Bolton medals 17 times at World Dwarf Games

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It takes Charlotte Bolton a couple of minutes to sort and count her World Dwarf Games medals.

The 14-year-old Tillsonburg athlete brought home 17 medals from the 2017 World Dwarf Games in Guelph - including 10 gold medals, six silver and one bronze - competing in badminton (singles and doubles), basketball, soccer, swimming, track and field (60m sprint, 4x60m shuttle relay, discus, javelin and shot put), table tennis and volleyball.

In Ontario, discus and javelin are not typically introduced until high school, so Charlotte learned the techniques at a Guelph clinic. She laughed remembering how she threw one javelin, somehow causing it to flip mid-air so it landed with the wrong end striking the ground first.

"Mom (Bridget Fearon) has it on video!" Charlotte smiled.

"When I was going to do my javelin, everyone said 'you'll get no power unless you just run...' But one flipped upside down and the other didn't make it, so it was bad advice. The one I stuck in the ground right, which won it for me, I did with my technique. It's three steps."

Second in shot put, she won discus.

She also won a nailbiter in the soccer finals against the Americans, who had already claimed team titles in volleyball and basketball. Scoreless through regulation, it came down to a shootout. Charlotte missed her chance from the penalty spot (missed it by 'this much'), but her teammates pulled it out.

"It was very dramatic. Baptiste, he joined our team from France, he took the (winning) shot, then ran around the pitch screaming. Very funny.

"I liked the badminton - that was fun because I had never done that before other than gym class," she said, noting her other favourite sports were soccer, swimming and track and field. "I had good competition this year. This year my friend Lucy from Canada was my main competition because we were neck and neck, swapping between silver and gold."

All with minimal training in the months leading up to Guelph.

"I probably should have," she laughed. "But I did a little bit of working out and swimming in the pool, and I played soccer. And I did a volleyball camp literally the week before."

Winning medals, however, was not her main goal at the Games.

"It was great because I saw some of the people I met four years ago, but I also met new people. So you see old friends and make new friends at the same time. And you get to compete against short people, which was pretty great. I had a lot of fun - it was good. And getting to compete against all the different countries, like Russia and Switzerland, and crazy places like Australia."

As host country, Canadian numbers were up in Charlotte's 12-15 year old division (including an athlete from Nunavut), which translated into Canadian teams with a couple European additions rather than a full international blend. That added to the camaraderie and team spirit in Guelph, and made them one of the most competitive teams, along with the US.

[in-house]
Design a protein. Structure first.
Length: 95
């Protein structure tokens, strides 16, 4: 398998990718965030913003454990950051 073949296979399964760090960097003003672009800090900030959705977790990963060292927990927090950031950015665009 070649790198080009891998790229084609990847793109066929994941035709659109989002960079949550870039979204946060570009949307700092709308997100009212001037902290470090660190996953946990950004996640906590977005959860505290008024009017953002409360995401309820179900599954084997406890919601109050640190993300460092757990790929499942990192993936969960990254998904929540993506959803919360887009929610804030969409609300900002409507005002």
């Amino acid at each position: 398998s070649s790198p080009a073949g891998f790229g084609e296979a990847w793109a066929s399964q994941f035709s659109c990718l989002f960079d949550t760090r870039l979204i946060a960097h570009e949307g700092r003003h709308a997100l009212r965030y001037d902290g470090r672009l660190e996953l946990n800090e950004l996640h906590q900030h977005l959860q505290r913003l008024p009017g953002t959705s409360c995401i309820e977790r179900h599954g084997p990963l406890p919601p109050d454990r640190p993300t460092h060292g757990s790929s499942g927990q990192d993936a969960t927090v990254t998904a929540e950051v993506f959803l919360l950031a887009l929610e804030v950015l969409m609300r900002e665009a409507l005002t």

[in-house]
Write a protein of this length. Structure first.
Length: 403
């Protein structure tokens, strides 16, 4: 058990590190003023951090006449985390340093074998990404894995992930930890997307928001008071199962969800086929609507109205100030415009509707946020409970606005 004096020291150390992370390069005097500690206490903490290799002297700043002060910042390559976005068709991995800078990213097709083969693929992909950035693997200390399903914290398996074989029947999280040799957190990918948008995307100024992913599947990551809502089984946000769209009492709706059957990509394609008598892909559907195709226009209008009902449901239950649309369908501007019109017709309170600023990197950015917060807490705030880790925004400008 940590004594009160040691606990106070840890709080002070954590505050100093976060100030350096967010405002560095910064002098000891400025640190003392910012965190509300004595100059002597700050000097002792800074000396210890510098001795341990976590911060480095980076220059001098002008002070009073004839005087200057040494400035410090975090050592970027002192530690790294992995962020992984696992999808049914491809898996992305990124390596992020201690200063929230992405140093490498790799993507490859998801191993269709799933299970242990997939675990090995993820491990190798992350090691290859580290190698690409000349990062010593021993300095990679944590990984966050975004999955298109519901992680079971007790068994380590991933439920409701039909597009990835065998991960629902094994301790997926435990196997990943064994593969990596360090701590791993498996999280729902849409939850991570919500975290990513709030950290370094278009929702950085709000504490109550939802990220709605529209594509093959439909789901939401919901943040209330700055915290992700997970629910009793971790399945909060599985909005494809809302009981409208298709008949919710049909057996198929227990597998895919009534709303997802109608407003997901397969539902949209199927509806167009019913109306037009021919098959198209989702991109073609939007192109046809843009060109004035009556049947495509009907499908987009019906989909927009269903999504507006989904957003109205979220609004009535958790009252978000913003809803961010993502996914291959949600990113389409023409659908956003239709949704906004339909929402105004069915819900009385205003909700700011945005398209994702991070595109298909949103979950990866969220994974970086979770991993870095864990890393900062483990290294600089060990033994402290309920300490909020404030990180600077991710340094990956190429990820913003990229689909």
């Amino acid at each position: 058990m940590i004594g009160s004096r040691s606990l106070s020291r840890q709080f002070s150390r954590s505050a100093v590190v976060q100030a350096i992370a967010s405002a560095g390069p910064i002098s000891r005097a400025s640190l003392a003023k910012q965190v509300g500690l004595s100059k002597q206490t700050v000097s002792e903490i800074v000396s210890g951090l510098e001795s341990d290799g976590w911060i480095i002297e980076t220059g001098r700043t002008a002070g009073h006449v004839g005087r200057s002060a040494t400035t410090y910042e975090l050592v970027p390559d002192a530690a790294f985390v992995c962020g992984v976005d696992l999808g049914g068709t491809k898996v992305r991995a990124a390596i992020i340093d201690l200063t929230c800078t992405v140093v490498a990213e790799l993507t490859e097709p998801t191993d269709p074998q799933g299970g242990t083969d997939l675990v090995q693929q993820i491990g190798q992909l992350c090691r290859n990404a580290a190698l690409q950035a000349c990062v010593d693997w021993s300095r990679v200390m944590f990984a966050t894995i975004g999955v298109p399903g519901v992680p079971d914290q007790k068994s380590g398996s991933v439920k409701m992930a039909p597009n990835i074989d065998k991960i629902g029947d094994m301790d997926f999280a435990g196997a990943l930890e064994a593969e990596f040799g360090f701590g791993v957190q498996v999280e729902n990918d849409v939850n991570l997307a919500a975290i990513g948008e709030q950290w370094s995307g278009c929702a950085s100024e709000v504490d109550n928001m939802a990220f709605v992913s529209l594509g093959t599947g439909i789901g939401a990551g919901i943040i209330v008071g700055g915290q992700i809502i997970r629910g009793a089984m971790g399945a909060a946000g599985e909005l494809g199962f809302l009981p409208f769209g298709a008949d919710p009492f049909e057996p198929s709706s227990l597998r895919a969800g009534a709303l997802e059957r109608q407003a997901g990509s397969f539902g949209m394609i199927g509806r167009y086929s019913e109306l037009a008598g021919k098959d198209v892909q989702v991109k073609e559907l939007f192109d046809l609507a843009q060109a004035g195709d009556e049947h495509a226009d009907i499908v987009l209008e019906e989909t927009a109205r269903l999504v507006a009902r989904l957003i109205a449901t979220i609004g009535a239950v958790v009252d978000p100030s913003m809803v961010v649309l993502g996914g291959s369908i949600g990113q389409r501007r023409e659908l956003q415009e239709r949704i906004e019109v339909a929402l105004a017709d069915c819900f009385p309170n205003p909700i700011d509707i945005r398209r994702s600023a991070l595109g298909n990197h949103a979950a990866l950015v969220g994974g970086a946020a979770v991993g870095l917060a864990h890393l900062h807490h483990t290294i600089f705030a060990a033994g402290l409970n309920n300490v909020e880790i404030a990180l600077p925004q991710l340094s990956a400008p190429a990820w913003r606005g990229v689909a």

"Nunavoot," said Charlotte, noting how the northern athlete pronounced it.

Now in Grade 9 at Glendale High School, Charlotte had also competed in the 2013 World Dwarf Games in East Lansing, Michigan (in the Junior A division, 7-11). She's already looking forward to the 2021 World Dwarf Games when she will compete in the open division as an 18-year-old.

World Dwarf Games, which started in 1993 in Chicago, has continued every four years with stops in England, France, Northern Ireland, Toronto, and Michigan. Participation has steadily grown from 165 and 83 in the first two Games, up to the 2013 Games in Michigan with 395 athletes representing 17 countries.

This summer Guelph anticipated 500 athletes of all ages and abilities, expecting it to be the largest sporting event in history held exclusively for athletes with dwarfism. Many of the athletes stayed in the Athletes' Village, although some Ontario athletes commuted daily.

Opening ceremonies were held Friday, August 4 at the University of Guelph Alumni Stadium. Events continued from August 5-12, with closing ceremonies Saturday, August 12 following the soccer finals, kurling, and junior powerlifting clinic.

"You didn't get anything for that (powerlifting)," said Charlotte. "It wasn't a competition."

One of the Canadians, about four-and-a-half feet tall, bench pressed 150 kg (330 pounds)... with his feet still on the bench.

"I don't remember how much I bench pressed," Charlotte admitted.

"Fifty-one?" guessed her father Scot Bolton.

"I did just a little more than Wyatt, so about 67 or 68 pounds," said Charlotte.

"It was pretty impressive," said Scot, noting some of the little people needed stools to get on the bench. "All of the little people... the weight to power ratio is higher than your average person. I don't know the reason, but it's pretty impressive."

Charlotte recalled a Russian woman bench pressing 108 kg (238 pounds).

"And she did it without the straps! They strap the feet in so the feet don't lift up when you press."



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